Figure 3. Graphical summary of the MAM implicated in the insulin resistance of peripheral tissues and insulin secretion in pancreatic β cells. (A) Disruption of MAM leads to insulin resistance and the development of T2DM. (B) Scheme of MAM involved in the regulation of insulin secretion in pancreatic β cells. Glucose uptake via glucose transporter-2 (GLUT2) boosts mitochondrial ATP production and ROS generation by mitochondrial electron transport chain (ETC). Elevated ATP leads to the closure of ATP sensitive K+ channels (KATP) and the activation of voltage-dependent Ca2+ channels (VDCC), which ultimately results in the exocytosis of insulin-containing granules. Ca2+ flux into mitochondria via the MAM tethering complex increases ROS generation, which further promotes Ca2 + flux to the mitochondrial matrix by oxidizing the mitochondrial Ca2+ uniporter (MCU). The translocation of ROS from cristae to MAM results in the generation of redox nanodomains at the mitochondria-ER interface.
The integrity of MAM is altered in both palmitate-induced insulin-resistant HuH7 cells and the livers of obese and diabetic mice. Liver-specific knockout of MFN2 or the inactivation of mTORC2 impairs MAM integrity, inducing multiple disordered metabolic bioprocesses, including insulin resistance and glucose tolerance (Sebastián et al., 2012). Similarly, genetic deletion or pharmacological inhibition of CypD interrupts MAM integrity and induces hepatic insulin resistance in mice, while CypD overexpression in mice primary hepatocytes increases mitochondria-ER contacts and improves insulin action (Rieusset et al., 2016). Furthermore, antidiabetic drugs, such as rosiglitazone or metformin can restore the MAM contacts and alleviate insulin resistance in diabetic mice (Tubbs et al., 2014). Additionally, MAM disruption is also an essential subcellular alteration that promotes muscle insulin resistance in mice and humans. MAMs with aberrant structure and function are seen in both the skeletal muscle of diabetic mouse models and insulin-resistant human myotubes induced by palmitate treatment (Tubbs et al., 2018). Moreover, the number of mitochondria-ER contacts is decreased in myotubes derived from obese and diabetic patients (Tubbs et al., 2018). Reinforcement of MAM contacts by the forced overexpression of Grp75 or Mfn2 reverses the impaired effects of palmitate on MAM proteins and insulin signaling in skeletal cells (Tubbs et al., 2018). Except for the liver and skeletal muscle, insulin resistance in adipose tissue also plays a crucial role in T2DM. Elevated release of FFAs from insulin-resistant adipose tissue inhibits insulin secretion of the β cell, reduces glucose uptake in muscle, and increases glucose production from the liver (Saltiel and Kahn, 2001). Despite this, few studies have directly demonstrated the relevance of MAMs and adipose tissue in the metabolism and insulin sensitivity seen in T2DM.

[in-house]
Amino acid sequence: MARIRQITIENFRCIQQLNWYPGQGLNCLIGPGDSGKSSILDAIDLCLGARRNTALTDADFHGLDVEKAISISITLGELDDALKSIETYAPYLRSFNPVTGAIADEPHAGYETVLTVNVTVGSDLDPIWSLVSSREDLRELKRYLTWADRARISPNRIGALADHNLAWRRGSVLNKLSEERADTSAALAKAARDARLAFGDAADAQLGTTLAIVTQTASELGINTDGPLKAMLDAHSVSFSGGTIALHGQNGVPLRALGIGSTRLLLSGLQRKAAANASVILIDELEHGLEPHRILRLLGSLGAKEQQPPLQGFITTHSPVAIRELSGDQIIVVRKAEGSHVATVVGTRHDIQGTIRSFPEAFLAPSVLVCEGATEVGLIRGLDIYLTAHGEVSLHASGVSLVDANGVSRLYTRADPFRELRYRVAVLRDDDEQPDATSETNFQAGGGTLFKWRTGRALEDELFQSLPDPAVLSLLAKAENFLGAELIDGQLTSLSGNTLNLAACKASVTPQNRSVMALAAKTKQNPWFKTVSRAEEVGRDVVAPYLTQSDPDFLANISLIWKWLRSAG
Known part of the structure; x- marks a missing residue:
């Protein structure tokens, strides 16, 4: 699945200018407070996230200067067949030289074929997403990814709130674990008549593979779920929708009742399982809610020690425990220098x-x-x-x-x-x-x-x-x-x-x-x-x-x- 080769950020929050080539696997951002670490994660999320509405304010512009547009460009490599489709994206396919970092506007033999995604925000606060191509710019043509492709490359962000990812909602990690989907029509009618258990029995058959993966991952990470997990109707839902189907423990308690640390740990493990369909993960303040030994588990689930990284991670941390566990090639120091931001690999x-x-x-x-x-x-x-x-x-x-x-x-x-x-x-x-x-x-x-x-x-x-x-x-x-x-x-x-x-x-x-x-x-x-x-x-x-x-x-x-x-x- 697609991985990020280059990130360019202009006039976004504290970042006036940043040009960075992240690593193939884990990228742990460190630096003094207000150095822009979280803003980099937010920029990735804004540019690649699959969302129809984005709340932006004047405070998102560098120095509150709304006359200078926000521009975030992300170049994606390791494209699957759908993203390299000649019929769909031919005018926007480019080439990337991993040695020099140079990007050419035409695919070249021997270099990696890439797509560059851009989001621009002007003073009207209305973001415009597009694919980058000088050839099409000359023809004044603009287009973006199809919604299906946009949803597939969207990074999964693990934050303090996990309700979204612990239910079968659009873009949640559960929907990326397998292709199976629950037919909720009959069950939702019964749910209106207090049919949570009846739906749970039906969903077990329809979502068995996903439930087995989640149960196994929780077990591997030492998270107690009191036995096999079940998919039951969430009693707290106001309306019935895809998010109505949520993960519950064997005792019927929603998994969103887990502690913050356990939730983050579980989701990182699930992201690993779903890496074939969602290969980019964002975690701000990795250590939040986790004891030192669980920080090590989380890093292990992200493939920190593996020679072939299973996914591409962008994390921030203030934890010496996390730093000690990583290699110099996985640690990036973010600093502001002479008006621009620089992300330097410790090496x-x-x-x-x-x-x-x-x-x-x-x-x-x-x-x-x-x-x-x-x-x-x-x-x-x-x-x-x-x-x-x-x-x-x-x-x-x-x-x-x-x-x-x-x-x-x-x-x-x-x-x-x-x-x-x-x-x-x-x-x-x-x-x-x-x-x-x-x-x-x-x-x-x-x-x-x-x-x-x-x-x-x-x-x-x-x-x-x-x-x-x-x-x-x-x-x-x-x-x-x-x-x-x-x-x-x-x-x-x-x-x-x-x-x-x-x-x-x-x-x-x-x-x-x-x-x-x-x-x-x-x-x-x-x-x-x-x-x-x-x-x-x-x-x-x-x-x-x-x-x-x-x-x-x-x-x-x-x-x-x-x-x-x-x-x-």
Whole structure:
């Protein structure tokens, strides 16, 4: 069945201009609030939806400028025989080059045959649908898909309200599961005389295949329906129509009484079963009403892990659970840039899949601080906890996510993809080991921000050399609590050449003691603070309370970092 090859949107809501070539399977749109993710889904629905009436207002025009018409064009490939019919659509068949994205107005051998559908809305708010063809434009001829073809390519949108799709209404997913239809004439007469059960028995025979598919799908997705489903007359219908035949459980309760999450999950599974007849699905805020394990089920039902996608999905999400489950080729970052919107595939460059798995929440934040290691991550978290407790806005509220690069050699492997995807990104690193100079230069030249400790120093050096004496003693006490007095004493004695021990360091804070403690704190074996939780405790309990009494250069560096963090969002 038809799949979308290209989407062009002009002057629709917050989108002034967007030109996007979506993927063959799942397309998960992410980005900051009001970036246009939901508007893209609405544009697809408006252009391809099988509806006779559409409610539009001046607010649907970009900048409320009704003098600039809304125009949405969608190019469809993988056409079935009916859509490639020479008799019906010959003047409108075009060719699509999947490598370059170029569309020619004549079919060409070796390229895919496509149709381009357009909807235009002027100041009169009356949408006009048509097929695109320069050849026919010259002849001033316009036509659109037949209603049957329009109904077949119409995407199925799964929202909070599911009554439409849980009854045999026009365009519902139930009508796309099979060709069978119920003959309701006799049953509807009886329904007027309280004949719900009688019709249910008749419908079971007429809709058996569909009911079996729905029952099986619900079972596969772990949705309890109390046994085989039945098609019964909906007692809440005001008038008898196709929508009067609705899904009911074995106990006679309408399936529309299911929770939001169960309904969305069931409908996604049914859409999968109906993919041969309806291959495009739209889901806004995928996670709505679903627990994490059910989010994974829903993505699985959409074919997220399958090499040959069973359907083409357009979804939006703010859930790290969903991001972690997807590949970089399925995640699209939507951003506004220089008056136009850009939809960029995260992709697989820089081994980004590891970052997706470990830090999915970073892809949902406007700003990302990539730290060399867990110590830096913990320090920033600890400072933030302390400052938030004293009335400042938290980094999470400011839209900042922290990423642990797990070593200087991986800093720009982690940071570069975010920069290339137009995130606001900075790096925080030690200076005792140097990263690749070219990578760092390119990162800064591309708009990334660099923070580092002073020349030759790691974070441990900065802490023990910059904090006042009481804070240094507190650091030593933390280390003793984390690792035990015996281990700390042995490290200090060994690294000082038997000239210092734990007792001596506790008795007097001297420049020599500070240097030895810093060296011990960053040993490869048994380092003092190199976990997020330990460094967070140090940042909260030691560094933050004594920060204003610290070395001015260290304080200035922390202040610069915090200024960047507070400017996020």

In contrast to the disruption of MAM contributing to the insulin resistance, recent evidence has shown that the enhancement of the MAM formation also promotes insulin resistance and the development of diabetes with the dysfunctional organelles seen in obesity (Arruda et al., 2014; Thoudam et al., 2019). Insulin-resistant and obese (ob/ob) mice and high-fat diet (HFD) induced obese mice exhibit a significant increase of MAM formation with increased MFN2, IP3R1, and PACS2 in MAM fractions. This induces mitochondrial Ca2+ accumulation and oxidative stress augmentation in the liver, leading to mitochondrial dysfunction and insulin resistance (Arruda et al., 2014). Conversely, the interference of Ca2+ flux to the mitochondria by downregulating the MAM proteins PACS2 or IP3R1 improves mitochondrial oxidative capacity and insulin sensitivity (Arruda et al., 2014). Moreover, PACS2 knockout mice exhibit an increase in hepatic FGF21 expression and resistance to diet-induced obesity (Krzysiak et al., 2018). FUNDC1 is also a crucial MAM tethering protein, FUNDC1-ablated mice treated with a HFD diet exhibit improved glucose handling, insulin sensitivity, and less adiposity (Wu et al., 2019). Furthermore, FUNDC1- and PACS2-deficient mice show highly activated FGF21 that systemically modulates energy homeostasis and insulin sensitivity (Jimenez et al., 2018), and this might be another explanation of the improved insulin signaling observed in these mice. Similarly, the increased PDK4 activity in ob/ob mice and HFD-fed mice augments MAM formation by interacting with and stabilizing the IP3R1-GRP75-VDAC1 tethering complex and accelerating insulin resistance in skeletal muscle. In contrast, deletion or inhibition of PDK4 attenuates insulin resistance by reducing the MAM contents and MAM-induced mitochondrial Ca2+ overload (Thoudam et al., 2019).